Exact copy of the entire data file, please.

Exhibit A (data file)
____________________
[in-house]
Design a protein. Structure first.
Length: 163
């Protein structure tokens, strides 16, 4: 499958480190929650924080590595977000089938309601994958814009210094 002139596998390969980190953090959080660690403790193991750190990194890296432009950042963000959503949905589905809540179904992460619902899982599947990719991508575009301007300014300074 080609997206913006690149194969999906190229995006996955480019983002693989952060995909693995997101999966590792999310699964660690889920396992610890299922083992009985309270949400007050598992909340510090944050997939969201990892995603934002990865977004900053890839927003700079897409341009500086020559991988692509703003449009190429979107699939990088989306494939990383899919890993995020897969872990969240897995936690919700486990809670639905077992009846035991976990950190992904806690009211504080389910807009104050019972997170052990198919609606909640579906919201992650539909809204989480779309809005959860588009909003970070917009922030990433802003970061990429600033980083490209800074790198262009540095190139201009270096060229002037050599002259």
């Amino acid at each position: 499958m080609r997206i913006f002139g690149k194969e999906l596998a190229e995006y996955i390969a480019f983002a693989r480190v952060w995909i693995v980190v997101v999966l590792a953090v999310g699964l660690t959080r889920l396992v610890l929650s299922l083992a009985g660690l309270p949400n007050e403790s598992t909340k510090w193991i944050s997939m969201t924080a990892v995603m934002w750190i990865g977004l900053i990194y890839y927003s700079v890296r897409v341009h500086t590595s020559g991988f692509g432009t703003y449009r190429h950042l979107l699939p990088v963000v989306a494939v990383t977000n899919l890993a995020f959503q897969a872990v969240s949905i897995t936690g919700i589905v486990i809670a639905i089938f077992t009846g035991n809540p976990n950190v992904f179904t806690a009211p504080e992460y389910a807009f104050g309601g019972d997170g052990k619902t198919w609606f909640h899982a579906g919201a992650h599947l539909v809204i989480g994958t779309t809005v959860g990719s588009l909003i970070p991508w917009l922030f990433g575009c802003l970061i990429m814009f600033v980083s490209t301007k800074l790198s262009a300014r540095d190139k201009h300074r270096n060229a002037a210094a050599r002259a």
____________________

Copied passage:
[in-house]
Design a protein. Structure first.
Length: 163
């Protein structure tokens, strides 16, 4: 499958480190929650924080590595977000089938309601994958814009210094 002139596998390969980190953090959080660690403790193991750190990194890296432009950042963000959503949905589905809540179904992460619902899982599947990719991508575009301007300014300074 080609997206913006690149194969999906190229995006996955480019983002693989952060995909693995997101999966590792999310699964660690889920396992610890299922083992009985309270949400007050598992909340510090944050997939969201990892995603934002990865977004900053890839927003700079897409341009500086020559991988692509703003449009190429979107699939990088989306494939990383899919890993995020897969872990969240897995936690919700486990809670639905077992009846035991976990950190992904806690009211504080389910807009104050019972997170052990198919609606909640579906919201992650539909809204989480779309809005959860588009909003970070917009922030990433802003970061990429600033980083490209800074790198262009540095190139201009270096060229002037050599002259």
């Amino acid at each position: 499958m080609r997206i913006f002139g690149k194969e999906l596998a190229e995006y996955i390969a480019f983002a693989r480190v952060w995909i693995v980190v997101v999966l590792a953090v999310g699964l660690t959080r889920l396992v610890l929650s299922l083992a009985g660690l309270p949400n007050e403790s598992t909340k510090w193991i944050s997939m969201t924080a990892v995603m934002w750190i990865g977004l900053i990194y890839y927003s700079v890296r897409v341009h500086t590595s020559g991988f692509g432009t703003y449009r190429h950042l979107l699939p990088v963000v989306a494939v990383t977000n899919l890993a995020f959503q897969a872990v969240s949905i897995t936690g919700i589905v486990i809670a639905i089938f077992t009846g035991n809540p976990n950190v992904f179904t806690a009211p504080e992460y389910a807009f104050g309601g019972d997170g052990k619902t198919w609606f909640h899982a579906g919201a992650h599947l539909v809204i989480g994958t779309t809005v959860g990719s588009l909003i970070p991508w917009l922030f990433g575009c802003l970061i990429m814009f600033v980083s490209t301007k800074l790198s262009a300014r540095d190139k201009h300074r270096n060229a002037a210094a050599r002259a």